Here in Georgia, salvation can come in plenty of forms, the sweetest including wooden signs planted along the road:
GEORGIA PEACHES! FRESH TOMATOES, SQUASH, CORDELE MELON in 1 MILE!
Minutes elapse and it emerges: an oasis amid Georgia's thick, swampy climes, and a reminder that the state's greatest gift to the world is the ground itself. Yes, this place gets sticky and messy. But when it does, at least it's peach season.
A vision of all things Georgian summer, the roadside farm stand offers its own kind of bounty. Those willing to pull over are rewarded with vinegar-laden boiled peanuts, tomatoes that taste like Southern sunlight and perfectly complement Wonder Bread slathered with Duke's Mayo, and, of course, Georgia peaches so juicy they're best eaten over the kitchen sink.
The law of the roadside stand, however, is buyer beware. Southern charm can be deceptive (that’s why it’s our greatest weapon), and some drive-by stands are more concerned with making a quick buck. Now, the only surefire way to determine a roadside stand’s intentions is to pay it a visit, but these tips will help simplify your produce haul.
Quality Oftentimes Depends on Location
Good stands curate good products, plain and simple. While a typical grocery store may rely on variety and quantity to lure customers, roadside stands, which may sell just one or two items, must swear by quality.
By that very virtue, one of the roadside produce stand’s strongest factors is the road itself. Stands planted at major exits or intersections get more first-time traffic, so they may not focus on the best possible product or experience, Lee Dickey, co-owner of Dickey Farms in Musella, Georgia, says.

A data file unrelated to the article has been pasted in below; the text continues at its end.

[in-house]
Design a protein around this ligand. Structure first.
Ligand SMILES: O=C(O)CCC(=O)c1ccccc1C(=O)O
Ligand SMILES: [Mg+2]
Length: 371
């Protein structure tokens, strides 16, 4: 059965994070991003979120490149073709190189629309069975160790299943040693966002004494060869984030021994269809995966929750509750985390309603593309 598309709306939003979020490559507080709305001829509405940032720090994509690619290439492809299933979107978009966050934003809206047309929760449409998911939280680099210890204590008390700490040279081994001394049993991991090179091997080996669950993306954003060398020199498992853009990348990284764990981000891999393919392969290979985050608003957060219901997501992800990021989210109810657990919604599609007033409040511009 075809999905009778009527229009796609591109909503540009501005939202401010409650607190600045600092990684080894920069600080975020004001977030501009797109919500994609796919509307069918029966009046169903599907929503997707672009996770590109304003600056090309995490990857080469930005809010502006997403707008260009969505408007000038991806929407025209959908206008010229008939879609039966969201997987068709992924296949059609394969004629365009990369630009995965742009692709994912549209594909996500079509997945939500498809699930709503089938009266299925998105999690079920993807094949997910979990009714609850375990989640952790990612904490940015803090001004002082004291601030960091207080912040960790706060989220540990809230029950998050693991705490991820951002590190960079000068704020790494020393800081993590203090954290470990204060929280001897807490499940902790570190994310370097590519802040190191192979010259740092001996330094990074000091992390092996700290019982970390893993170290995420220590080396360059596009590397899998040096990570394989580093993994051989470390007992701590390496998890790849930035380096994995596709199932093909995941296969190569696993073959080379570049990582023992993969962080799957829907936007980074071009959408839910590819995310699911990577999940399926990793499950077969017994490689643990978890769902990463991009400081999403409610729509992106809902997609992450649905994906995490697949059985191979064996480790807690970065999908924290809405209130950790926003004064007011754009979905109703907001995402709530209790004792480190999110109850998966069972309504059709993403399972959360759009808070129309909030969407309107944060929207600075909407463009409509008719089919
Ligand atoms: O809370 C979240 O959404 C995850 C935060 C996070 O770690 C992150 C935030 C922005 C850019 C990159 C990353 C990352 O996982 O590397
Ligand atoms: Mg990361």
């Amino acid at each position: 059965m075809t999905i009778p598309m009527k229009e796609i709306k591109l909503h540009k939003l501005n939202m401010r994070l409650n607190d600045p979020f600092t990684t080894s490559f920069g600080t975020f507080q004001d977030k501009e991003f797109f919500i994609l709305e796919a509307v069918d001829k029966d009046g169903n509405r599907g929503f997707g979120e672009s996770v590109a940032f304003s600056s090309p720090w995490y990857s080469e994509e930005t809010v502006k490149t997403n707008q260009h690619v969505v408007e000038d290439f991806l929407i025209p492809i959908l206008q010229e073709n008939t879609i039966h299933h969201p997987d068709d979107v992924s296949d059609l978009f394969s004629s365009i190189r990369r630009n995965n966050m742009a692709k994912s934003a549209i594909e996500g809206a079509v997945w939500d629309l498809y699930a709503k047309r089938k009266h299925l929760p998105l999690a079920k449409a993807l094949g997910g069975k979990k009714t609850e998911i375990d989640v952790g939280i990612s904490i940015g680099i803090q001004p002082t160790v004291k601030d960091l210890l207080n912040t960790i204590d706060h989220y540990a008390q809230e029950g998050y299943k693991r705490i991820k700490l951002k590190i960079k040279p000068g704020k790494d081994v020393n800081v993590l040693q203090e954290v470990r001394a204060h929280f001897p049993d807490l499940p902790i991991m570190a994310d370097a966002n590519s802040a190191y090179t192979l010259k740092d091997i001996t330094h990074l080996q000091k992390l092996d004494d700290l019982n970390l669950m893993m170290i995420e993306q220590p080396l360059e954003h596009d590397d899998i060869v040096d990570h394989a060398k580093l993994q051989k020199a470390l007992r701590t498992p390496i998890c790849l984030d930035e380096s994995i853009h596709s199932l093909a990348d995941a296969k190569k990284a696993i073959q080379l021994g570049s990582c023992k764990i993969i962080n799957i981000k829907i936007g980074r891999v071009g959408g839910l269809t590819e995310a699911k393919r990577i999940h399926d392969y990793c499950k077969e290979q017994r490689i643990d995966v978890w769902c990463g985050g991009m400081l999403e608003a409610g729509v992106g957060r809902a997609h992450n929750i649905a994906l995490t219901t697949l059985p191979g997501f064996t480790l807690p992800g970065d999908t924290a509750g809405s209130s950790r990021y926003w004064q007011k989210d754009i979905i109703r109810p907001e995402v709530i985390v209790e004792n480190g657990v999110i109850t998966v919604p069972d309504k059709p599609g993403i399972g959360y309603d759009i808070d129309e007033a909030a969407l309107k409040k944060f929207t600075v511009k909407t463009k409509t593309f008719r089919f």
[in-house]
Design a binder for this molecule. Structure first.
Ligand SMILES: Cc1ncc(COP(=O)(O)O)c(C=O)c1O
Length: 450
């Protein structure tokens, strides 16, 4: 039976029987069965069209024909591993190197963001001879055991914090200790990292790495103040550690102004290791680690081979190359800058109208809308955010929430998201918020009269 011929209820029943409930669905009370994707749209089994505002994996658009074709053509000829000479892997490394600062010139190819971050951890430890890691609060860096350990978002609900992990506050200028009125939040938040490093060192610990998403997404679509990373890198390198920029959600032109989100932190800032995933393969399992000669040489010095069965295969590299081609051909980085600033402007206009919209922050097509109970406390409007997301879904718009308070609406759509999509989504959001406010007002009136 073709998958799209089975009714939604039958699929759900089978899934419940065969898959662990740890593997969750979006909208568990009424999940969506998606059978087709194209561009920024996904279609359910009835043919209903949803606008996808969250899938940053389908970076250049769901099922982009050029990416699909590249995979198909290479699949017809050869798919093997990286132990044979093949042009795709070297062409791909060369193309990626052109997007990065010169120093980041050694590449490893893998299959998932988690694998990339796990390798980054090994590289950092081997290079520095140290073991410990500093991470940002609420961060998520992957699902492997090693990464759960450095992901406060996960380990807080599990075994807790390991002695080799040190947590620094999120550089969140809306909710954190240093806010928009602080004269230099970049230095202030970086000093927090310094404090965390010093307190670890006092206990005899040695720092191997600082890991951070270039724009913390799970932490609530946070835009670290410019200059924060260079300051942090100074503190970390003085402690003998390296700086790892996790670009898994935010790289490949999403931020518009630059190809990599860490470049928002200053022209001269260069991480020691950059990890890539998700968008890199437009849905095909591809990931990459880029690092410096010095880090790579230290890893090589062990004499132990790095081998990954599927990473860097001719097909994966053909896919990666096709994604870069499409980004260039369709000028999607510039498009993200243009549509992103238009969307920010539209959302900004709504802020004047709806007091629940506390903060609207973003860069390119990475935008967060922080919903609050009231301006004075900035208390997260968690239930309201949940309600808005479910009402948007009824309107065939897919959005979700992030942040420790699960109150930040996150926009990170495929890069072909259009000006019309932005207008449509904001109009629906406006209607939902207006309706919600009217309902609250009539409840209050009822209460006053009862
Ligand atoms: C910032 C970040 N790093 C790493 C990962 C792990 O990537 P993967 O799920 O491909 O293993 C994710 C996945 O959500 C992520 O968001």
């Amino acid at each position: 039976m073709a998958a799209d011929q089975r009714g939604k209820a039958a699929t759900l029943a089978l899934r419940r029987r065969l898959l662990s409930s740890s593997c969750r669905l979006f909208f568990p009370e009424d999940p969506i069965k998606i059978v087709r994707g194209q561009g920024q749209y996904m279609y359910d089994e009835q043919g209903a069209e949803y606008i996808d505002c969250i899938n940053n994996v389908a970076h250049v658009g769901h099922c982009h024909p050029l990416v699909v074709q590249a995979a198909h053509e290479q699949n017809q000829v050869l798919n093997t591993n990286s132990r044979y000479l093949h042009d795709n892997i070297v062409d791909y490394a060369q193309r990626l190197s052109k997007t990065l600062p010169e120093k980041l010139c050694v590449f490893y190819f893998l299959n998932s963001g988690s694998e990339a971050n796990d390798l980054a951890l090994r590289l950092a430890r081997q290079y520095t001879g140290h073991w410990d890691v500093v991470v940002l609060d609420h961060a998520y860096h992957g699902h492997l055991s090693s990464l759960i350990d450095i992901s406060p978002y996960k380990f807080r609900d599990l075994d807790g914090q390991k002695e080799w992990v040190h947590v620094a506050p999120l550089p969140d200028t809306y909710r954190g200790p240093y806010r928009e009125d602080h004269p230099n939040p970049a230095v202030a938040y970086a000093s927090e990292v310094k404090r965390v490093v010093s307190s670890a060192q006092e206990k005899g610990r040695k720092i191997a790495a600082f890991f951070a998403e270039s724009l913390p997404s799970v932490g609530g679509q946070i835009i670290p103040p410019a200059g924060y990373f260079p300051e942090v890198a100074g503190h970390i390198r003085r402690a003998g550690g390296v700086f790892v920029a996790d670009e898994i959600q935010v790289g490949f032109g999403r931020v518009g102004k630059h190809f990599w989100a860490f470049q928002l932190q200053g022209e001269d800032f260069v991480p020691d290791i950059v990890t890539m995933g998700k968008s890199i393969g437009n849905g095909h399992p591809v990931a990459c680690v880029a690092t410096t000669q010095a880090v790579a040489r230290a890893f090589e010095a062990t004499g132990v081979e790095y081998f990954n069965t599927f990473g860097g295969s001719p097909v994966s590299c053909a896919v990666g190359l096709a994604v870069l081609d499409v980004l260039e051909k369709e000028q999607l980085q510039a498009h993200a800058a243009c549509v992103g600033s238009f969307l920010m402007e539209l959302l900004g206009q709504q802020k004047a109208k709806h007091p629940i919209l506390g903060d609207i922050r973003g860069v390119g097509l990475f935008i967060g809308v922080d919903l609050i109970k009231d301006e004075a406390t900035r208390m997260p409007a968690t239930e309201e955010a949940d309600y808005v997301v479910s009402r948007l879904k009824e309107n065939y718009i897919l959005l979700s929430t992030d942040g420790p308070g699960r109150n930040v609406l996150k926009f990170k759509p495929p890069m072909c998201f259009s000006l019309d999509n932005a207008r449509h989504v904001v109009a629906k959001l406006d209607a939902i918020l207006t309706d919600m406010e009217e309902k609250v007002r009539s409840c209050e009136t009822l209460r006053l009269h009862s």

Stands on rural highways, however, depend on repeat sales. So they’ll work harder to catch your attention or remain memorable, whether that’s through unforgettably delicious produce or misspelled words (e.g., “paeches” or “peeches”) painted on wooden signs, which signals a superior product according to an unwritten rural law.
Don't Be Shy to Strike Up a Conversation
The more vendors who know about their produce, the better. To test a merchant’s knowledge, ask about where the peaches or tomatoes came from—some smaller stands even grow their own goods out back. Listen for details on the land or farmers. Another telling clue? Produce stands associated with the Georgia Farm Bureau or agricultural associations, such as Georgia Grown Trails, are interconnected with the state’s best farms and artisans, Dickey says.
Know the Signs of Ripeness
The produce stand’s goal is selling fresher goods than the those at the store. A perfect peach is malleable when grasped, and the interior flesh’s aroma may permeate the skin. Ripe red tomatoes are plump and firm. Shaking a melon, for example, isn’t a proper gauge for ripeness. Melons are ready when they reveal creamy yellow underbellies and brown, dry stumps where the fruit was cut from the vine.
Bulk buyers should keep a timeline in mind and estimate the household consumption rate before making any purchases. A family of five, for instance, can down a small bag of nearly ripe peaches faster than two roommates, who should opt for firmer fruit.